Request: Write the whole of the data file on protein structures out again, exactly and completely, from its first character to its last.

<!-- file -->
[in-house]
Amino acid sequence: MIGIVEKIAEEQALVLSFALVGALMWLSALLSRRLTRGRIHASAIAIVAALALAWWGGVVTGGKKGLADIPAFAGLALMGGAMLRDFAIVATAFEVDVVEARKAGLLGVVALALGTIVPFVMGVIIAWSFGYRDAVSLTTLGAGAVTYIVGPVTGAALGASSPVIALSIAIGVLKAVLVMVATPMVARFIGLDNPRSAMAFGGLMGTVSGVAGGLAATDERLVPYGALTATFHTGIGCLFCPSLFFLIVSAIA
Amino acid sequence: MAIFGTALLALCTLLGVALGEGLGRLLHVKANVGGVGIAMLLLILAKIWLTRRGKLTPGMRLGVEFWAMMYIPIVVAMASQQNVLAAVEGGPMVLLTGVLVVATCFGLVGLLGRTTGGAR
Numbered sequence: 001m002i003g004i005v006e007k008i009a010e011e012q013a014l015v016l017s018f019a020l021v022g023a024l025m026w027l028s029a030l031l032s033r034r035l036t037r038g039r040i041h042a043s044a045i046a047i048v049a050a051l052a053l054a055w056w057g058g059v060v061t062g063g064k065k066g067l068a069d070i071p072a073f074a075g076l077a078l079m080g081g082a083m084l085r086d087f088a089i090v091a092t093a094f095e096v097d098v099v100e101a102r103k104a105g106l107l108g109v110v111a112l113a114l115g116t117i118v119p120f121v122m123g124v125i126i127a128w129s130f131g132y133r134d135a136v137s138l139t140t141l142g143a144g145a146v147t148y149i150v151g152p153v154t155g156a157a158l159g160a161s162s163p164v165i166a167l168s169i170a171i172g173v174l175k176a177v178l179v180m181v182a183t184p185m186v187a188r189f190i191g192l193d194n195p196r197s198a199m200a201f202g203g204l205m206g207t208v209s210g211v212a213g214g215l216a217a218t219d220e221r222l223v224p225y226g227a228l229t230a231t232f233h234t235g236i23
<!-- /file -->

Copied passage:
[in-house]
Amino acid sequence: MIGIVEKIAEEQALVLSFALVGALMWLSALLSRRLTRGRIHASAIAIVAALALAWWGGVVTGGKKGLADIPAFAGLALMGGAMLRDFAIVATAFEVDVVEARKAGLLGVVALALGTIVPFVMGVIIAWSFGYRDAVSLTTLGAGAVTYIVGPVTGAALGASSPVIALSIAIGVLKAVLVMVATPMVARFIGLDNPRSAMAFGGLMGTVSGVAGGLAATDERLVPYGALTATFHTGIGCLFCPSLFFLIVSAIA
Amino acid sequence: MAIFGTALLALCTLLGVALGEGLGRLLHVKANVGGVGIAMLLLILAKIWLTRRGKLTPGMRLGVEFWAMMYIPIVVAMASQQNVLAAVEGGPMVLLTGVLVVATCFGLVGLLGRTTGGAR
Numbered sequence: 001m002i003g004i005v006e007k008i009a010e011e012q013a014l015v016l017s018f019a020l021v022g023a024l025m026w027l028s029a030l031l032s033r034r035l036t037r038g039r040i041h042a043s044a045i046a047i048v049a050a051l052a053l054a055w056w057g058g059v060v061t062g063g064k065k066g067l068a069d070i071p072a073f074a075g076l077a078l079m080g081g082a083m084l085r086d087f088a089i090v091a092t093a094f095e096v097d098v099v100e101a102r103k104a105g106l107l108g109v110v111a112l113a114l115g116t117i118v119p120f121v122m123g124v125i126i127a128w129s130f131g132y133r134d135a136v137s138l139t140t141l142g143a144g145a146v147t148y149i150v151g152p153v154t155g156a157a158l159g160a161s162s163p164v165i166a167l168s169i170a171i172g173v174l175k176a177v178l179v180m181v182a183t184p185m186v187a188r189f190i191g192l193d194n195p196r197s198a199m200a201f202g203g204l205m206g207t208v209s210g211v212a213g214g215l216a217a218t219d220e221r222l223v224p225y226g227a228l229t230a231t232f233h234t235g236i23